The J. Paul Getty Museum

Au cirque: Entrèe en piste

Object Details


Au cirque: Entrèe en piste


Henri de Toulouse-Lautrec (French, 1864 - 1901)




France (Place Created)




Black and colored chalks on paper

Object Number:



31 × 20 cm (12 3/16 × 7 7/8 in.)

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Object Description

In a letter dated March 1899, an English poet wrote: "Toulouse-Lautrec you will be sorry to hear was taken to a lunatic asylum yesterday." The scandal was in fact highly publicized. By the time Henri de Toulouse-Lautrec was thirty-five, he was suffering from alcoholism and dementia, most likely brought on by syphilis. His behavior was unpredictable, and often violent. Desperate, his mother had him committed to a clinic, then known as an asylum, outside of Paris.

While in the clinic, Toulouse-Lautrec set upon the idea of creating a series of circus drawings to demonstrate his emotional stability and thus secure his release. Drawn from memories culled over many years of attendance at this popular entertainment, these works reveal his acute observation of horses, dogs, acrobats, clowns, and bareback riders. In this image, a performer still wearing her slippers follows a lumpy horse into the arena to perform for the spectators in the stands. Toulouse-Lautrec elongated the shadows behind the slippers to emphasize the woman's fatigue. Upon being released from the clinic after only three months, Toulouse-Lautrec declared: "I bought my freedom with my drawings."

H. de Toulouse-Lautrec (April 9 to May 17, 1931)
  • Musée des Arts Décoratifs (Paris), April 9 to May 17, 1931
The Circus by Toulouse-Lautrec (November 30 to December 12, 1931)
  • Knoedler & Company (New York), November 30 to December 12, 1931
Toulouse-Lautrec: Paintings, Drawings, Posters and Lithographs (March 20 to May 6, 1956)
  • The Museum of Modern Art (New York), March 20 to May 6, 1956
To Create a Living Art: 19th Century Drawings (May 1 to July 15, 2001)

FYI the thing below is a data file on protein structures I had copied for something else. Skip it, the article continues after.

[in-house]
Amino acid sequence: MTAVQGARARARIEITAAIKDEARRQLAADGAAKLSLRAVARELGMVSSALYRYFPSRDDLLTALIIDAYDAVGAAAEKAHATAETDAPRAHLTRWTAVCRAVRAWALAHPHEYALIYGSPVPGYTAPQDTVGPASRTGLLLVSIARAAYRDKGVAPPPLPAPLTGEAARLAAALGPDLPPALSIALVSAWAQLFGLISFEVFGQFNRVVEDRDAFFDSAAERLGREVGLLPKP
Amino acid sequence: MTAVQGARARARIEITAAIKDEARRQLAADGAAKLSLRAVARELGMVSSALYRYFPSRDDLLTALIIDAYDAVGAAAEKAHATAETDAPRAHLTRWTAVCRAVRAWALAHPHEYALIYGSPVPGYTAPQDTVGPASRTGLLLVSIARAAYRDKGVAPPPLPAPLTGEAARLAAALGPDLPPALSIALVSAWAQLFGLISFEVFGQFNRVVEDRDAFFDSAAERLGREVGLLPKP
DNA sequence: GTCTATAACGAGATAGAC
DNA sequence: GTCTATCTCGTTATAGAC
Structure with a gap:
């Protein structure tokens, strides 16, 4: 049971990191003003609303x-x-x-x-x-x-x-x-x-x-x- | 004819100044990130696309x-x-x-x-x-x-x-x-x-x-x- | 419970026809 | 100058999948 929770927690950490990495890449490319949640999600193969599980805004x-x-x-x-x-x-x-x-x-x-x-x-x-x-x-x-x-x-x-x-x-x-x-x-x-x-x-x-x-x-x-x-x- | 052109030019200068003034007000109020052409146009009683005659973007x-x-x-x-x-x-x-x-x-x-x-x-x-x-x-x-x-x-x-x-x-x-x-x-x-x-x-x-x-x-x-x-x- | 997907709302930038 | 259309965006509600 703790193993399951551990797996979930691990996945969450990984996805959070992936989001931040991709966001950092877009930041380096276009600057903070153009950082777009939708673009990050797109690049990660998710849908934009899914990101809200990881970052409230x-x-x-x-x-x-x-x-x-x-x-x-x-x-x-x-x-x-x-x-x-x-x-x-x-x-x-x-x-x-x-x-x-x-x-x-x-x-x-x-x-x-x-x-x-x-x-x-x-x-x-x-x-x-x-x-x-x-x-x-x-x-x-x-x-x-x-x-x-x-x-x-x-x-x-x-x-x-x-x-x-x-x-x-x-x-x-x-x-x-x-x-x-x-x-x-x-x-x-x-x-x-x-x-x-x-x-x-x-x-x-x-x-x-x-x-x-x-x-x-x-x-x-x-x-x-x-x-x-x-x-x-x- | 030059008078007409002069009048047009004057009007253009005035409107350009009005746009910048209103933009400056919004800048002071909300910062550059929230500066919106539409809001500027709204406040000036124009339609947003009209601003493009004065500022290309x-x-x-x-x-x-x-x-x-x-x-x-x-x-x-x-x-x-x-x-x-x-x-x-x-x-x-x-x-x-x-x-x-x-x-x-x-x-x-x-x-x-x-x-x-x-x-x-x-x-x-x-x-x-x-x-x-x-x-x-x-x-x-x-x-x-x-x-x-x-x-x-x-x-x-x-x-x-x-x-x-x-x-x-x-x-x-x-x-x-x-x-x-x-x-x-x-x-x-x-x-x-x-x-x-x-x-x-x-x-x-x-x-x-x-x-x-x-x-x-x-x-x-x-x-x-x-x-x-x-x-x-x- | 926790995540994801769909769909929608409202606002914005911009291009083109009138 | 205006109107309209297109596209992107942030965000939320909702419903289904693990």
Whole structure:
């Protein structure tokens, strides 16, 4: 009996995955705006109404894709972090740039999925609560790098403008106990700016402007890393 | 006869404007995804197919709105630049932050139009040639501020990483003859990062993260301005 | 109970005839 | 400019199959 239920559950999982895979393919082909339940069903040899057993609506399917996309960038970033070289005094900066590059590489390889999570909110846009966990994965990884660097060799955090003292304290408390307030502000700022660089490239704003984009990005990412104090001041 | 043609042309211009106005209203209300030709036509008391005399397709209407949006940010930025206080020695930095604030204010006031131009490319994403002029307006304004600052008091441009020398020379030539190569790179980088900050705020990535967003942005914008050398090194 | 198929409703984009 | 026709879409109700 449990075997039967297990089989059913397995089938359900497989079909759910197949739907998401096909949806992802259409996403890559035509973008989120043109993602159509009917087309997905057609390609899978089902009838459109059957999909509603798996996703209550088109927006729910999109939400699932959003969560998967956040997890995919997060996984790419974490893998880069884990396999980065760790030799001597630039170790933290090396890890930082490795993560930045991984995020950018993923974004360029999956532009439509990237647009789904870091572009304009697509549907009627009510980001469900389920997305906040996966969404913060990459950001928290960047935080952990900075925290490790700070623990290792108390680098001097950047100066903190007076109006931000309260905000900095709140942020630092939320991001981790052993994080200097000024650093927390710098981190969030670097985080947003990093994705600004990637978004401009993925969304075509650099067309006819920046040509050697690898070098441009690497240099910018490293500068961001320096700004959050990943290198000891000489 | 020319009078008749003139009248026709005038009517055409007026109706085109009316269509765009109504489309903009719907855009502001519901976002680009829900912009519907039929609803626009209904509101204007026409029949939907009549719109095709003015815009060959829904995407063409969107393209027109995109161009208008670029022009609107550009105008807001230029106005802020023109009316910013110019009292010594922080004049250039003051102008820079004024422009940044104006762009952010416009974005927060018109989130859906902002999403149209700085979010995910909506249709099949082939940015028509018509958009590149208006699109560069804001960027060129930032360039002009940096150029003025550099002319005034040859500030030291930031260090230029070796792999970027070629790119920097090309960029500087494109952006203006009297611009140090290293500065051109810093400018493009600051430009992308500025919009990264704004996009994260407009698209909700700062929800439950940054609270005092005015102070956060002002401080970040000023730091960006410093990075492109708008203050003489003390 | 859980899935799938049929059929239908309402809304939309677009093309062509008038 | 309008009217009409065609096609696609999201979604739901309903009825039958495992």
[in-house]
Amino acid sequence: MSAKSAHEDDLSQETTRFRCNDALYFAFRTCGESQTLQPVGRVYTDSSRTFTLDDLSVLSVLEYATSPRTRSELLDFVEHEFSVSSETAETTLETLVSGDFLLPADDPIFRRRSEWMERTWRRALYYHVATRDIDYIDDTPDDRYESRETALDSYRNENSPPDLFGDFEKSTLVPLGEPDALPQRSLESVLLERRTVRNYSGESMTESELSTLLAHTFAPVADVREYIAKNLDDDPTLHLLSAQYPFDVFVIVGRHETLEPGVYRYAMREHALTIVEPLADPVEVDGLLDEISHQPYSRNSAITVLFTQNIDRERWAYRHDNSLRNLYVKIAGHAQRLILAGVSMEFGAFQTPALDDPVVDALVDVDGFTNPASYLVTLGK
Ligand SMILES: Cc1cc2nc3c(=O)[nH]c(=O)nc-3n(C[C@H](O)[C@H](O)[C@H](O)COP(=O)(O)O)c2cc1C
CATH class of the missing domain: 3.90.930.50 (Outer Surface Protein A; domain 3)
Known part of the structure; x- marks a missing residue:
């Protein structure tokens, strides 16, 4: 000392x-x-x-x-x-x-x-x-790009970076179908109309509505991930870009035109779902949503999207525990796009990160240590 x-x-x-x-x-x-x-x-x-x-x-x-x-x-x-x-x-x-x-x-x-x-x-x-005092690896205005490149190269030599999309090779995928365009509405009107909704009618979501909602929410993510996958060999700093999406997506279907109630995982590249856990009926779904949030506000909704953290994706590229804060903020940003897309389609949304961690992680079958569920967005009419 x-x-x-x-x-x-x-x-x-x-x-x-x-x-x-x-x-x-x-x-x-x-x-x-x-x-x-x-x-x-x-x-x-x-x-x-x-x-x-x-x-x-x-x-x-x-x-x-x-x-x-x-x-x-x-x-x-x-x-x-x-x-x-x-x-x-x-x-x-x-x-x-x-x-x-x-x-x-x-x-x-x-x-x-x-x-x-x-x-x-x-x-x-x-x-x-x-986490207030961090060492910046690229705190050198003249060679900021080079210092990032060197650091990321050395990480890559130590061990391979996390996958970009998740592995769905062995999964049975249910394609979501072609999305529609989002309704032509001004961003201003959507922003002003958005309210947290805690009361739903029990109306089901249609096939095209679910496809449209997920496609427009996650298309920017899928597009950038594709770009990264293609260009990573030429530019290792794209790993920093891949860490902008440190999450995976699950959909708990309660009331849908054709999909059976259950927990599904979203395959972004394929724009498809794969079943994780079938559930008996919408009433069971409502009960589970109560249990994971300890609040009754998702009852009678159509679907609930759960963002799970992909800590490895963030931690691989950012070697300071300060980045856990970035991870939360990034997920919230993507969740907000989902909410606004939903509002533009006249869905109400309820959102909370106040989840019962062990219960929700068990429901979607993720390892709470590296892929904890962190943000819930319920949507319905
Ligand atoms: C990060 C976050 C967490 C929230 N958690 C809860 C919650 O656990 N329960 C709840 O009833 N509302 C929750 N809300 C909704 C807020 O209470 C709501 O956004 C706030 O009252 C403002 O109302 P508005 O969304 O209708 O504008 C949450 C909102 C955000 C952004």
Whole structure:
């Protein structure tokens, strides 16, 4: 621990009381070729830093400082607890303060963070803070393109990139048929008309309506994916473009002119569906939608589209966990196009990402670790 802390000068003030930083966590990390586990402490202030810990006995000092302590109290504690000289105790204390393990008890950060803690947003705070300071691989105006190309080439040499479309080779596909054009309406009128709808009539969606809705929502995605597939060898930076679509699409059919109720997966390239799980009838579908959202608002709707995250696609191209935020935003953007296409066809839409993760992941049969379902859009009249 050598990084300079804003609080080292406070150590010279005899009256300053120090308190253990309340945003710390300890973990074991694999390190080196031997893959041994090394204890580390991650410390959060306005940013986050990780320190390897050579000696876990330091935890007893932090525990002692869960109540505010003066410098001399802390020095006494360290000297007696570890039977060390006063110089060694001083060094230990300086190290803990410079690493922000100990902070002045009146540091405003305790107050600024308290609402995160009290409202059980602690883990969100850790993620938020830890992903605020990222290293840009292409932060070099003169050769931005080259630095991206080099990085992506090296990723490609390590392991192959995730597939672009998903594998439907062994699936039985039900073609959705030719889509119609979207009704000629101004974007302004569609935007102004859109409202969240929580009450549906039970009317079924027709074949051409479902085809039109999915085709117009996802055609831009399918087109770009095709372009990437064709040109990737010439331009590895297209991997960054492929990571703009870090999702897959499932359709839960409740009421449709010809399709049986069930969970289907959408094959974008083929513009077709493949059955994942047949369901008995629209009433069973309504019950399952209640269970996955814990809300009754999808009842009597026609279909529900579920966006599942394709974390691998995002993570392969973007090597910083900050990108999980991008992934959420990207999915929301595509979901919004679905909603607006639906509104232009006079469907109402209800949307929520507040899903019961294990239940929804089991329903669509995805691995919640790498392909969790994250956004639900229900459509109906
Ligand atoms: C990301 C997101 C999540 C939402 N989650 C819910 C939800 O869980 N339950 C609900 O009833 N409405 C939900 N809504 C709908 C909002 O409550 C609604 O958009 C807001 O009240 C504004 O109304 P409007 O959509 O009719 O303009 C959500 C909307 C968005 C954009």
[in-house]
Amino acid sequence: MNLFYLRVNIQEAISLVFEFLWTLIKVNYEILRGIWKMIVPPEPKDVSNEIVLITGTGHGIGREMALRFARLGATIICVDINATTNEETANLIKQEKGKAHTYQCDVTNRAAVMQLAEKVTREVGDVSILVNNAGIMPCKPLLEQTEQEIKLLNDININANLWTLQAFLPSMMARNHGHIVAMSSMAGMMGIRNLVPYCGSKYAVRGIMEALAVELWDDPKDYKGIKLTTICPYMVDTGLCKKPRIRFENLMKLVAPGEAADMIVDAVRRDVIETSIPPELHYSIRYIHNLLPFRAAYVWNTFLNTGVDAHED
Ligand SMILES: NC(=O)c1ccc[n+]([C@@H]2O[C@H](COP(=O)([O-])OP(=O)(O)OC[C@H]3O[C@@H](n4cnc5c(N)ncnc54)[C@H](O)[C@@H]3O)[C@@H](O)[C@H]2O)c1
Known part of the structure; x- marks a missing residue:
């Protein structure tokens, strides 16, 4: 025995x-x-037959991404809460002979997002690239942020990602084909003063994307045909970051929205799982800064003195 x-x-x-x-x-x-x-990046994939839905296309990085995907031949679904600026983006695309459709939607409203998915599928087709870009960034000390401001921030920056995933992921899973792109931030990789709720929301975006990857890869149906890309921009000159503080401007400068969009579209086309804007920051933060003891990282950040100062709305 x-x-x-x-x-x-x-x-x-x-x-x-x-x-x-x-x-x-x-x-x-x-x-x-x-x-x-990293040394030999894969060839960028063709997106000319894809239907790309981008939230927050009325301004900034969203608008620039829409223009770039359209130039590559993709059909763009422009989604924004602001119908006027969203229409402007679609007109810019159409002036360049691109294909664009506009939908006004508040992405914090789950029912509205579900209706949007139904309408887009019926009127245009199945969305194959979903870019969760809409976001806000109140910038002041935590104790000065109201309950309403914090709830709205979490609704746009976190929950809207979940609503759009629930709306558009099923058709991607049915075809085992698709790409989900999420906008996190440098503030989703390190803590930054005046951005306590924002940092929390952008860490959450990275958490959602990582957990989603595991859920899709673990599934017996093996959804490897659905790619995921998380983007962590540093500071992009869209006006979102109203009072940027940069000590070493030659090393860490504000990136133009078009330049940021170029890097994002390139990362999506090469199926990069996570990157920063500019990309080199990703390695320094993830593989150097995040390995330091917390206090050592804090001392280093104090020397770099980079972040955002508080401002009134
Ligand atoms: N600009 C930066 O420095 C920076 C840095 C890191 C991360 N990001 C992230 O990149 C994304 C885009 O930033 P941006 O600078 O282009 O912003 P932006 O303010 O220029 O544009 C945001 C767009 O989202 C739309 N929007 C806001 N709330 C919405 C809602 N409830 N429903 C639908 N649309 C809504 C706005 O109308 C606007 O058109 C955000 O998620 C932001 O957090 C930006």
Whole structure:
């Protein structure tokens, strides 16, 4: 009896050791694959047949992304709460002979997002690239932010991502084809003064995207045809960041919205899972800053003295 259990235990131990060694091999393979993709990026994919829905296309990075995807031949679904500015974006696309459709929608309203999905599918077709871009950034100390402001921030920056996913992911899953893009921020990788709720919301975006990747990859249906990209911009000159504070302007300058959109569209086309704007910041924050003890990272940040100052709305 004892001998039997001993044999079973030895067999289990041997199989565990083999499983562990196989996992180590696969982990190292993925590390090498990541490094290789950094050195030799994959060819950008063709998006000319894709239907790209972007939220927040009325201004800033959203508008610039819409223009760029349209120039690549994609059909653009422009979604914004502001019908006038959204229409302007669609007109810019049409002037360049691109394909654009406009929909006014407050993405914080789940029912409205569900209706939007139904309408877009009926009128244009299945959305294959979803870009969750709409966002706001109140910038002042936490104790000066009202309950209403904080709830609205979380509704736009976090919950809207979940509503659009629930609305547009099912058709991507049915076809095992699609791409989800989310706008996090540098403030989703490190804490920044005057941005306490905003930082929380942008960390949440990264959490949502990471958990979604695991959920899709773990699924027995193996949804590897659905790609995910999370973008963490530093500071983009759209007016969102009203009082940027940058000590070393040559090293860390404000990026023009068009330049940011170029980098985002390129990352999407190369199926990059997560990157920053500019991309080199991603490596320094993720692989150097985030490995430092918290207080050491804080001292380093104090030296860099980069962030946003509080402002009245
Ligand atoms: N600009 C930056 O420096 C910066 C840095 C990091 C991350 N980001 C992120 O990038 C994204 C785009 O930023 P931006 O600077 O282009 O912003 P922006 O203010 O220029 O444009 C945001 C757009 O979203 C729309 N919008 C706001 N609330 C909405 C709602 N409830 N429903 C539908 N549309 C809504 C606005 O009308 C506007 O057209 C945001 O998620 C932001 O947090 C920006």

• The J. Paul Getty Museum at the Getty Center (Los Angeles), May 1 to July 15, 2001
Toulouse-Lautrec and Montmartre (March 20 to October 10, 2005)
  • National Gallery of Art (Washington, D.C.), March 20 to June 12, 2005
  • The Art Institute of Chicago, July 16 to October 10, 2005
Defining Modernity: European Drawings, 1800-1900 (June 5 to September 9, 2007)
  • The J. Paul Getty Museum at the Getty Center (Los Angeles), June 5 to September 9, 2007
Henri de Toulouse-Lautrec - The Path to Modernism (October 16, 2014 to January 25, 2015)
  • Das Neue Kunstforum der Bank Austria (Vienna), October 16, 2014 to January 25, 2015
Degas: Russian Dancers and the Art of Pastel (May 19 to October 11, 2015)
  • The J. Paul Getty Museum at the Getty Center (Los Angeles), May 19 to October 11, 2015
Picasso / Lautrec (October 17, 2017 to January 21, 2018)
  • Museo Thyssen-Bornemisza (Madrid), October 17, 2017 to January 21, 2018
Toulouse-Lautrec: Résolument moderne (October 9, 2019 to January 27, 2020)
  • Galeries nationales du Grand Palais (Paris), October 9, 2019 to January 27, 2020
Education Resources
Education Resources

Education Resource




What Can Art Tell Us about Ourselves?

Lesson in which students compare vocations in 19th-century French artworks with those they might encounter in 21st-century Los Angeles.

Visual Arts; English–Language Arts; History–Social Science


Three/Five-Part Lesson